“Silence is not acoustic. It is a change of mind, a turning around… My responsibility (is) that of asking questions instead of making choices.”
So were the words and approach of composer, artist, and music theorist John Cage (related after an experiment of venturing into the anechoic chamber of Harvard University), whose guidance Claire Jeanine Satin received in the pivotal year of 1979, when she came face to face with the man whose I-Ching inspired philosophy profoundly impacted her own artistic outlook. Years earlier, in 1952, Cage had performed his controversial piece (especially for those who had paid to attend the concert) entitled ” 4’33′ “, which consisted of four minutes and thirty three seconds of him sitting on the piano bench but not playing. As Cage argued, “There is no such thing as silence, there is always something that makes a sound.” The music, from his perspective, was not silence at all, but rather the sounds of the environment heard by the audience during the “performance”.
From Cage’s wisdom in correspondence with his questioning of the essence of music, came the rise of Claire’s fascination with indeterminacy. As she began to comprehend the importance of intentionality and the interplay of the audience and the environment with the art object itself, the images she produced took hold of the viewer’s curiosity and senses in unpredictable ways. Satin employs Cage methods, insisting that the artist can “remove the ego from making choices, which may usually be an intellectual or intuitive choice and by employing a chance system instead.. A simple example would be flipping a coin in order to present a choice the individual has not chosen.” In her case, she utilizes “the repeated overlaying (or multiplicity) of images and/or texts, allowing for interpenetration and unique configurations.”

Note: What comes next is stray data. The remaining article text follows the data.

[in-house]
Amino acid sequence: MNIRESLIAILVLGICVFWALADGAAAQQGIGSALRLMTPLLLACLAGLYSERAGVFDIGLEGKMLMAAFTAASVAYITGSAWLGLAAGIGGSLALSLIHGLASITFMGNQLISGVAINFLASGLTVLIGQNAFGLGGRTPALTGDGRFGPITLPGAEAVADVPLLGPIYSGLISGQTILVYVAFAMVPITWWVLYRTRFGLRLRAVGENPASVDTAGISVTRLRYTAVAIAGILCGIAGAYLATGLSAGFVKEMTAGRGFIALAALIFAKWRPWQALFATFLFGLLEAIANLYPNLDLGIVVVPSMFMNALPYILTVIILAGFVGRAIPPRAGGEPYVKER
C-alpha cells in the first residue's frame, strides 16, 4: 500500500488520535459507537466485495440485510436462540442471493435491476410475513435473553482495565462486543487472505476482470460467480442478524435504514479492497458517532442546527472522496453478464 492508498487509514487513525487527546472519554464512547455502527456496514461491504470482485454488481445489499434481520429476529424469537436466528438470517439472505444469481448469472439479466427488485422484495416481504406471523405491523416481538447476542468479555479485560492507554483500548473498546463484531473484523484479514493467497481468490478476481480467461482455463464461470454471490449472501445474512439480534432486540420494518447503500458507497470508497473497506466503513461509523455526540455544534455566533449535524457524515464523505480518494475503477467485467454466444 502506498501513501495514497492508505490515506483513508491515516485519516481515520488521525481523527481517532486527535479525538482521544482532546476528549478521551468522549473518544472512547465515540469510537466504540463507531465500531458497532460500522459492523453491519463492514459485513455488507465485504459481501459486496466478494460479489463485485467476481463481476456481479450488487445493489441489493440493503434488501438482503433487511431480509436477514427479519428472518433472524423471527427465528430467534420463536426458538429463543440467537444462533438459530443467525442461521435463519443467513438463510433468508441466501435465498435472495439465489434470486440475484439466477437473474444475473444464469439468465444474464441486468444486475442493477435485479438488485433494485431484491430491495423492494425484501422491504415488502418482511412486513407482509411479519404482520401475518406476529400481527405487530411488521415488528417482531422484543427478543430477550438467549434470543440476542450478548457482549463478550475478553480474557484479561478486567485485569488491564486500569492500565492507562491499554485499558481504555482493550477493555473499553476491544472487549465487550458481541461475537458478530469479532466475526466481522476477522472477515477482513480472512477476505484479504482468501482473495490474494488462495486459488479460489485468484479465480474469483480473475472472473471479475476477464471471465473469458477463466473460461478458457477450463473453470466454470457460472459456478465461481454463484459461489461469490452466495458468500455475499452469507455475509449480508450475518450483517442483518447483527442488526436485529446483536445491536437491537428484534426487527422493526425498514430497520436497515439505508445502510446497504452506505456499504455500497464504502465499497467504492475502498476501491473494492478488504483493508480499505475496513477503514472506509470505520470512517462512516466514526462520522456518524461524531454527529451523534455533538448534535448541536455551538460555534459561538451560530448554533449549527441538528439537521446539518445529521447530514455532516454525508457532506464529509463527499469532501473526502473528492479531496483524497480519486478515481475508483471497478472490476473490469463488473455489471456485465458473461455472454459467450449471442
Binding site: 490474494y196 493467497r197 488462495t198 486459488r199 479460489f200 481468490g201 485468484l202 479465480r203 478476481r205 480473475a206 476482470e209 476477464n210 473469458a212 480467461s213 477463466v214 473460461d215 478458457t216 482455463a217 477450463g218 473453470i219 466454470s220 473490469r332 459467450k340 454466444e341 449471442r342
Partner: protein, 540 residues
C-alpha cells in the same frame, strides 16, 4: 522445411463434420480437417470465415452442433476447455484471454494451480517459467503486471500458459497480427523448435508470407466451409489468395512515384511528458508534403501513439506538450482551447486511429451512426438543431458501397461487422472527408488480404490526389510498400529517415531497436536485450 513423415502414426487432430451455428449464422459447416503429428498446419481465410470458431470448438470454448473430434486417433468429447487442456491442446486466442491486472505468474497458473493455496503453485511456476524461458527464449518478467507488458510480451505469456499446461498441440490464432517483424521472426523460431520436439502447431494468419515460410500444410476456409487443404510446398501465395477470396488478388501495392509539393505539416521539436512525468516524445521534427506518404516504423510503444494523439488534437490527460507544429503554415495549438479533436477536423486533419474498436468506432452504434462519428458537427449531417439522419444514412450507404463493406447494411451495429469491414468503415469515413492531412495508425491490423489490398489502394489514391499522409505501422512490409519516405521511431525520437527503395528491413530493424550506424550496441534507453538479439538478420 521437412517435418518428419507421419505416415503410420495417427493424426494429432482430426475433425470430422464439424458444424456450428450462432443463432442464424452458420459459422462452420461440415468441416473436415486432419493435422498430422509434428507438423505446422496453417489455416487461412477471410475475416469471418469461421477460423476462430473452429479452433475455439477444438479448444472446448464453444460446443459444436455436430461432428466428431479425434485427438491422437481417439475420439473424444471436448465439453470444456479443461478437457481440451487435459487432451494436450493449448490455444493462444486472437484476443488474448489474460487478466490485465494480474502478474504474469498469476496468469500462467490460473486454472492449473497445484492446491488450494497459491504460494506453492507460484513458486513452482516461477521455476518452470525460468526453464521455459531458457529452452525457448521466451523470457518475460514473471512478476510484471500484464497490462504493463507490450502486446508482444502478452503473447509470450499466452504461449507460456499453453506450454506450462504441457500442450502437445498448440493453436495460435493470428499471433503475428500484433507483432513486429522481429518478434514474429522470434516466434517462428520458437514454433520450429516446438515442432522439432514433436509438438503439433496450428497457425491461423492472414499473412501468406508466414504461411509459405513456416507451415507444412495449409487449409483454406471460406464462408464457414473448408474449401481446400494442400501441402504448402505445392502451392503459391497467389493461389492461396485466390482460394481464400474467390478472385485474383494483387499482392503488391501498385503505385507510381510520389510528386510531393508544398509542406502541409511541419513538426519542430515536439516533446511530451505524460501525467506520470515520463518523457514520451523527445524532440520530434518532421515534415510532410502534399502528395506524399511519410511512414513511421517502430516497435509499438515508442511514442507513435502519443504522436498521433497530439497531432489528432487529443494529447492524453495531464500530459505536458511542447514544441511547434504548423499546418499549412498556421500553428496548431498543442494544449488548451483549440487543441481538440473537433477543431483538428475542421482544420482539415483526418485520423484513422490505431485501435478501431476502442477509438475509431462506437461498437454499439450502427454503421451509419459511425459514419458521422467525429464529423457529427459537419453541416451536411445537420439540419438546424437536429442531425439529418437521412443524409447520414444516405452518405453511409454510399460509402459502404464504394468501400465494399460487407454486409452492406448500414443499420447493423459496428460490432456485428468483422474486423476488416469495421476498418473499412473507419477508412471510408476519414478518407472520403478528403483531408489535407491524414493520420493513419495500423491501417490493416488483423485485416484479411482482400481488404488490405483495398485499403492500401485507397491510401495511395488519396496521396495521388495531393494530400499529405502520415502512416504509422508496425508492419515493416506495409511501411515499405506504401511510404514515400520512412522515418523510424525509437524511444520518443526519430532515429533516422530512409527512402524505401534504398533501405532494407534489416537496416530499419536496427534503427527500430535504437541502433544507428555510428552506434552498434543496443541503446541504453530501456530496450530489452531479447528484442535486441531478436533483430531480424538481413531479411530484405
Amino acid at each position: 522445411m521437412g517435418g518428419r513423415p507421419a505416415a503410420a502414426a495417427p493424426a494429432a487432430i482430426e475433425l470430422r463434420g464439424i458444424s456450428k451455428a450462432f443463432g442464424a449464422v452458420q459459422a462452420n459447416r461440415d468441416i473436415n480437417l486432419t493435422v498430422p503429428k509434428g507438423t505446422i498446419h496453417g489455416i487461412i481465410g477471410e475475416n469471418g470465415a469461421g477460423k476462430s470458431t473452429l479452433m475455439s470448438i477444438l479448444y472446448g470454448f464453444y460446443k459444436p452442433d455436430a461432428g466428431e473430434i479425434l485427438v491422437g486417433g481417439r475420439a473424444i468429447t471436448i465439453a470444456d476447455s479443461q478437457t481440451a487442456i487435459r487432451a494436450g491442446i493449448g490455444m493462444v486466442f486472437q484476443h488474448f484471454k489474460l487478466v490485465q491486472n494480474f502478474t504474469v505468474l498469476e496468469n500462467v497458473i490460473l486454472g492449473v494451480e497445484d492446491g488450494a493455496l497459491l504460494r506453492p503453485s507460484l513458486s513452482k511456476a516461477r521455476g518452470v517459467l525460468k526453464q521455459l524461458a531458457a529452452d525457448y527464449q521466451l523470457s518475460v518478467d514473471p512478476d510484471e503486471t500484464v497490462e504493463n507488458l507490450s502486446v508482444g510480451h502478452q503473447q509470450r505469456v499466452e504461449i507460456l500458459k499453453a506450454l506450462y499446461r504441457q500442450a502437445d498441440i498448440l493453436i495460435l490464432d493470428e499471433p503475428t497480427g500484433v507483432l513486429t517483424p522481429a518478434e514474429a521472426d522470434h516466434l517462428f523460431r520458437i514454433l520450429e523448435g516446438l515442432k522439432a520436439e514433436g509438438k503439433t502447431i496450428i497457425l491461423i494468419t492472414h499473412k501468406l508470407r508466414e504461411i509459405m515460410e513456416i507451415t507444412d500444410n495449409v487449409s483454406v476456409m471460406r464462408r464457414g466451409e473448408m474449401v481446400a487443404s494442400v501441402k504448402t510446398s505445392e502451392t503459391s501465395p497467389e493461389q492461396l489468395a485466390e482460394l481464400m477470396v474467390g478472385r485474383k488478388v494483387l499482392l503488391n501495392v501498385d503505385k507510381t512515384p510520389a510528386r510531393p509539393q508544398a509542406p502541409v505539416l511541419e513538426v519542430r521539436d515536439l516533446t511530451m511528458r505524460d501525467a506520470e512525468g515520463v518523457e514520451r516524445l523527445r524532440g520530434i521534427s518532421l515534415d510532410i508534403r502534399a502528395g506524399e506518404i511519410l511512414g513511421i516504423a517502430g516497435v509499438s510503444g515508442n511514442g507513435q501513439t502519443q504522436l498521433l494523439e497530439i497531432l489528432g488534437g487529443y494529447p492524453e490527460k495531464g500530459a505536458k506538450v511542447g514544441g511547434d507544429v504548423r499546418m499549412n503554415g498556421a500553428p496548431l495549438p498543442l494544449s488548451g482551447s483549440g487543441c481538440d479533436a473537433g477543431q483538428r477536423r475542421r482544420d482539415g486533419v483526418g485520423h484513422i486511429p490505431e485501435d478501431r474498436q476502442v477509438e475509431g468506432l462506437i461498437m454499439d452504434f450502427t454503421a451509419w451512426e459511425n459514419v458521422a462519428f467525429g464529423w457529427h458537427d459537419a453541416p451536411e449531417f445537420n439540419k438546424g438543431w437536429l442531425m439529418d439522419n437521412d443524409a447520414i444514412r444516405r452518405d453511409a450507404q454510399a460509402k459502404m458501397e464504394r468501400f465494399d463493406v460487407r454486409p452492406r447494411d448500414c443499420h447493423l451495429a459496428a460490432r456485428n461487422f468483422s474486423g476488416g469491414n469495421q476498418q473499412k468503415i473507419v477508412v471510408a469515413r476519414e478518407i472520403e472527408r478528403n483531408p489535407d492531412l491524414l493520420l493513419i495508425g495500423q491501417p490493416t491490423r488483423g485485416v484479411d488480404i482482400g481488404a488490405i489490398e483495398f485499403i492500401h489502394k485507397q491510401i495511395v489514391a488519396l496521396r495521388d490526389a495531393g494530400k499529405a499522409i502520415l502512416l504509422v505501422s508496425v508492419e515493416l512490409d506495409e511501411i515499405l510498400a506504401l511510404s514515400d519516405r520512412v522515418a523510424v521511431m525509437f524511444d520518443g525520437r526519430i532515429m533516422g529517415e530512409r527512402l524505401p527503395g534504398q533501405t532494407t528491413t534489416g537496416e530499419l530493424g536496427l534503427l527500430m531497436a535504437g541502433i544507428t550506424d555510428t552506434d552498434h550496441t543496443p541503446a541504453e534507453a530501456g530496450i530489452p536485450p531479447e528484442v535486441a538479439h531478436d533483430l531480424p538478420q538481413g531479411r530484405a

Indeterminacy, as it relates to the visual art world, observes the dialogue that occurs below the surface of the complex artist/art/viewer relationship. Each viewer mixes in his own subjective background and memories with what is objectively on the canvas or sculptural form, transforming the physical image in his mind’s eye to something that relates to him. The art, therefore, occurs just as much in the mind of the viewer as it does in the physical object itself. This is particularly so in the case of vague, abstract objects that the mind must decipher and interpret. It is in the lens of this delicate dance between the artist, the art, and the viewer that Satin approaches her art production. In particular, Satin is interested in how her objects literally appear different physically at different times/angles.